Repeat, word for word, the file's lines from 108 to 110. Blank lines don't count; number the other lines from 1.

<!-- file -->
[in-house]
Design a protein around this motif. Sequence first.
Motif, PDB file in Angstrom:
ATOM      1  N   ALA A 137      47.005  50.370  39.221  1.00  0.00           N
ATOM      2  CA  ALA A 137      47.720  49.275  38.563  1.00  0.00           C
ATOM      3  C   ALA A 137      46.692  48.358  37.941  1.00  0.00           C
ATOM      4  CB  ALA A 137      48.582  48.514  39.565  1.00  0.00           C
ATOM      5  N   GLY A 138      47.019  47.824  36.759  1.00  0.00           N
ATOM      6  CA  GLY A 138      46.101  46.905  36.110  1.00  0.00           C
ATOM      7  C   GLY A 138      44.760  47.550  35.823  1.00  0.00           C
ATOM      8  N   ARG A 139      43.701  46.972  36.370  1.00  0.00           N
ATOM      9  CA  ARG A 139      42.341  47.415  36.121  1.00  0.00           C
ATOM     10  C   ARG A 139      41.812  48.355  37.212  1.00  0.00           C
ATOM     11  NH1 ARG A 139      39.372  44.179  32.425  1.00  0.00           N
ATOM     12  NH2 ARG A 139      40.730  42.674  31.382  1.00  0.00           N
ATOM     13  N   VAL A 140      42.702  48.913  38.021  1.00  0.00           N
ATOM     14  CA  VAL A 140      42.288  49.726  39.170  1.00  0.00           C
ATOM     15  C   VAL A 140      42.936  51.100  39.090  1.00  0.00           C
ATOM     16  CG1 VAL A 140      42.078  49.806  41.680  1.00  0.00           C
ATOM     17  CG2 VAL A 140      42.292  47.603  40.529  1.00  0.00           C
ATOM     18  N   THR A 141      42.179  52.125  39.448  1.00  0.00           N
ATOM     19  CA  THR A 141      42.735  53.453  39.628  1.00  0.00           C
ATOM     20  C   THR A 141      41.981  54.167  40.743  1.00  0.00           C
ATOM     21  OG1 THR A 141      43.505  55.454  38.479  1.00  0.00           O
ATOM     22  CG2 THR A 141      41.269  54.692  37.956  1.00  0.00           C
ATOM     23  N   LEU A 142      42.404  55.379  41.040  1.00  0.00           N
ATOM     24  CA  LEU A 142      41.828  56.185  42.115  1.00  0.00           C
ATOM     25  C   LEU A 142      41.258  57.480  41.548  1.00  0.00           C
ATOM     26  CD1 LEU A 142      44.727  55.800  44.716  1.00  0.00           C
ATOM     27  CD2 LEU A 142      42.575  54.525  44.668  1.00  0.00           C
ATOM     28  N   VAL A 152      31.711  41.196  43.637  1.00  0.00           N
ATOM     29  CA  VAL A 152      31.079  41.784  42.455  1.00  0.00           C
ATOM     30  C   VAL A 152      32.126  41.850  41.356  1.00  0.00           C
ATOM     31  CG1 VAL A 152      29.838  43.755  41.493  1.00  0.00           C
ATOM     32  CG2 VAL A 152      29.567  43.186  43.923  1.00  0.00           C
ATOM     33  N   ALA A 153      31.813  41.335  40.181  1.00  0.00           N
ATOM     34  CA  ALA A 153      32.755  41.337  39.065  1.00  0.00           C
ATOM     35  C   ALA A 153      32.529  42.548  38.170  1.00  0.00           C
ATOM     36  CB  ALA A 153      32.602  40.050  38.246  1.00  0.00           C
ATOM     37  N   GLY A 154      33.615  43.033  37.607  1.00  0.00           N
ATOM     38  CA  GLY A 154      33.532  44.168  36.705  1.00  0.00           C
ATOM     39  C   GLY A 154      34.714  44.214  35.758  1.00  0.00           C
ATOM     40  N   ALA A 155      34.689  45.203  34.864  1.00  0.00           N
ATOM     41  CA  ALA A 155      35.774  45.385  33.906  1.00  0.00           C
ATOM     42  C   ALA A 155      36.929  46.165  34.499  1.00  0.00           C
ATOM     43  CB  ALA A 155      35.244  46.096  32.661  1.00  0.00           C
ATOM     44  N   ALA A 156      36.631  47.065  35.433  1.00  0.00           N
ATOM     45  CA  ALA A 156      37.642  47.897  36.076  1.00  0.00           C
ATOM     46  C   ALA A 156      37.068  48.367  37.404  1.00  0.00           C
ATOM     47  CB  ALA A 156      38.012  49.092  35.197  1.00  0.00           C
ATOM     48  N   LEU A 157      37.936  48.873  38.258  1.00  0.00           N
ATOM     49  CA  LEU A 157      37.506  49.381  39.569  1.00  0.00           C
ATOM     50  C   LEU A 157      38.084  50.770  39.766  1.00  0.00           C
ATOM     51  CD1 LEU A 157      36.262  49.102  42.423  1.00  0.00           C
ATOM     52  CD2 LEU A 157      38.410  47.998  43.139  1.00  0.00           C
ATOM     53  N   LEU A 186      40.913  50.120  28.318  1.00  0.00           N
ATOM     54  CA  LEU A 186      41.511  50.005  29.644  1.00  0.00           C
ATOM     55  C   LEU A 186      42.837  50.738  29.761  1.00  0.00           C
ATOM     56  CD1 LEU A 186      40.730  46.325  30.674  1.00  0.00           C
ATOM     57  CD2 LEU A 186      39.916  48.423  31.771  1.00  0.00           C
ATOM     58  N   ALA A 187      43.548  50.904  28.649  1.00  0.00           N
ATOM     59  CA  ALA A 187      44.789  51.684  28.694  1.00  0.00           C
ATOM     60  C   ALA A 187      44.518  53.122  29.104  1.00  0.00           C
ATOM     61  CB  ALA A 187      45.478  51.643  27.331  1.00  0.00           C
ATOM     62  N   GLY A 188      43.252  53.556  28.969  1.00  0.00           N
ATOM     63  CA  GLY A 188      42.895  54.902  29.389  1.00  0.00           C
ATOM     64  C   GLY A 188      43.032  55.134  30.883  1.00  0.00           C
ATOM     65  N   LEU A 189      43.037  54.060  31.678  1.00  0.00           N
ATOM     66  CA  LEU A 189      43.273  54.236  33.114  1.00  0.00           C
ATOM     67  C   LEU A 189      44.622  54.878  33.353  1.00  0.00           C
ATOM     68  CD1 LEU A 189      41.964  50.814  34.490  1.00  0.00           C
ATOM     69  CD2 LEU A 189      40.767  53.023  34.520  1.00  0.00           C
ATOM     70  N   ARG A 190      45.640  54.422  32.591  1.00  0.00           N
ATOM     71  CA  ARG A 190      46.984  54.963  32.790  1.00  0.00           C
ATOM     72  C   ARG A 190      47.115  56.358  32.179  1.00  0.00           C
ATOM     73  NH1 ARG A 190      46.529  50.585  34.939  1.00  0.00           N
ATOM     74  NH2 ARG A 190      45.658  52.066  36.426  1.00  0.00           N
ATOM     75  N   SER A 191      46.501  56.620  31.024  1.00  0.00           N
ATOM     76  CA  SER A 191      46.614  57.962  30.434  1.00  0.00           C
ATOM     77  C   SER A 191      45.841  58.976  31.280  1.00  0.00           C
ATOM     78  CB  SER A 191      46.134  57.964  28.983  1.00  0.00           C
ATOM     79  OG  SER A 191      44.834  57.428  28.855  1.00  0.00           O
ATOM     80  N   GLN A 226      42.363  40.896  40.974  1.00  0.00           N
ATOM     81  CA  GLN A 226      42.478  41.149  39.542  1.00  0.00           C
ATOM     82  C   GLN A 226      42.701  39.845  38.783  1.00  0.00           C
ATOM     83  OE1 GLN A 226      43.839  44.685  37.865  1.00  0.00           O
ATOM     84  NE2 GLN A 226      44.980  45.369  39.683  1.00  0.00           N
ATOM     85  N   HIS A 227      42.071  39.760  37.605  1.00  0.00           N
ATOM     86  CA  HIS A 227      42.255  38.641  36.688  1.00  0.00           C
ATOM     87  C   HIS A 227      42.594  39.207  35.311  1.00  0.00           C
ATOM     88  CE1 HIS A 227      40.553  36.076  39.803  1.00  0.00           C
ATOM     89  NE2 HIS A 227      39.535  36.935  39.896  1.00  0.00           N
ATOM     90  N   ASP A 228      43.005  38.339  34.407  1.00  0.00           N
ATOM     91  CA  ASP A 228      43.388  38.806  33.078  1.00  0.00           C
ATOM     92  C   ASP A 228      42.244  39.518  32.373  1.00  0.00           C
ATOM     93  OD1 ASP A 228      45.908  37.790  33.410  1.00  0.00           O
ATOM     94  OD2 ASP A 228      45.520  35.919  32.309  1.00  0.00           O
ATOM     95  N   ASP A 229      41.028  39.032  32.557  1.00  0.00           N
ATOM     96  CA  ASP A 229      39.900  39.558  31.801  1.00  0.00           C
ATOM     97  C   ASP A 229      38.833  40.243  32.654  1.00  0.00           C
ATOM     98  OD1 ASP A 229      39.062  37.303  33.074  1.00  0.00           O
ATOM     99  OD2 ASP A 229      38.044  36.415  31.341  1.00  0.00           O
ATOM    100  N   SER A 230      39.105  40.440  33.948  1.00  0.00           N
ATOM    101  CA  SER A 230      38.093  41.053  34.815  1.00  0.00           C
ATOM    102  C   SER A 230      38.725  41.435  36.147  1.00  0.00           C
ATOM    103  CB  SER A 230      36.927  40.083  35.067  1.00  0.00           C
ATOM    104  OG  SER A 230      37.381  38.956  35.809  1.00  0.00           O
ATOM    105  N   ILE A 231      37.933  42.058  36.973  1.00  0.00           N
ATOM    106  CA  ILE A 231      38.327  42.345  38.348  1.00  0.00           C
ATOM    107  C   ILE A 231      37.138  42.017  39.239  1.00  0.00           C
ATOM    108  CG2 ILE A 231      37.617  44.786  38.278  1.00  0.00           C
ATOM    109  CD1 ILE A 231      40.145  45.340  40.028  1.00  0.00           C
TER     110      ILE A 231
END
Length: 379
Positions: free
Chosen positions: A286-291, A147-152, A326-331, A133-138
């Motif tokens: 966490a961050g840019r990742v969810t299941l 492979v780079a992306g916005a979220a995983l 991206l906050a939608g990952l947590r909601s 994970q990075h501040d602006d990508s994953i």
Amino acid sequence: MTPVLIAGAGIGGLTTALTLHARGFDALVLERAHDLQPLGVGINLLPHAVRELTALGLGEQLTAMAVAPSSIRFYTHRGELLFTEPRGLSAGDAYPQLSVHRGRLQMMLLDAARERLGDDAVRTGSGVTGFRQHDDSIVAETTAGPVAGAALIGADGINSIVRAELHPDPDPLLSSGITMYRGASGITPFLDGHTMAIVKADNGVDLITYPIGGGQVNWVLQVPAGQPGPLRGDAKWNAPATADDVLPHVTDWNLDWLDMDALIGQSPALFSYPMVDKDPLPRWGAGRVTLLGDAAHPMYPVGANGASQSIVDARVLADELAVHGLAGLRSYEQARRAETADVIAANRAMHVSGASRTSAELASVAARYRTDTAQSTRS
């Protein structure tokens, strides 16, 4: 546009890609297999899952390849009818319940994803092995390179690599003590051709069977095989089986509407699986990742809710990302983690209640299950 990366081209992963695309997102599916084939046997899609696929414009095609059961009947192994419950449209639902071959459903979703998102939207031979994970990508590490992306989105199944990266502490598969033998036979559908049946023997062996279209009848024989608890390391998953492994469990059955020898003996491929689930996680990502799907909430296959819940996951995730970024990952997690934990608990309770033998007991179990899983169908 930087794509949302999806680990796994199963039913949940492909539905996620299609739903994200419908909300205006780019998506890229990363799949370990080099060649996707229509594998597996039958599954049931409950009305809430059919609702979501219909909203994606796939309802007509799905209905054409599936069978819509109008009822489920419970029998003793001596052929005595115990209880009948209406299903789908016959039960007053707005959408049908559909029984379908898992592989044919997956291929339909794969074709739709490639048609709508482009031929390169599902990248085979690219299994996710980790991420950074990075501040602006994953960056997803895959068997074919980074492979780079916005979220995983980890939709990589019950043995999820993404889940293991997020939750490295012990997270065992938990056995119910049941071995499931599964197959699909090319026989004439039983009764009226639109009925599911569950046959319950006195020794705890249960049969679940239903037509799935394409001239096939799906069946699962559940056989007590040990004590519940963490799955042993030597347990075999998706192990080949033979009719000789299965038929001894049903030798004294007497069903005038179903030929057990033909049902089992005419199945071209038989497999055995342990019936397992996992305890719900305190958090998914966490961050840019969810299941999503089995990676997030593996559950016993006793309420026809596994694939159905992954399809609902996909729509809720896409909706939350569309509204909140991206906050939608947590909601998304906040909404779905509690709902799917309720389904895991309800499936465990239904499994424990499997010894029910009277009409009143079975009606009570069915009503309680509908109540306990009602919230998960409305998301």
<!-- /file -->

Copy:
ATOM    105  N   ILE A 231      37.933  42.058  36.973  1.00  0.00           N
ATOM    106  CA  ILE A 231      38.327  42.345  38.348  1.00  0.00           C
ATOM    107  C   ILE A 231      37.138  42.017  39.239  1.00  0.00           C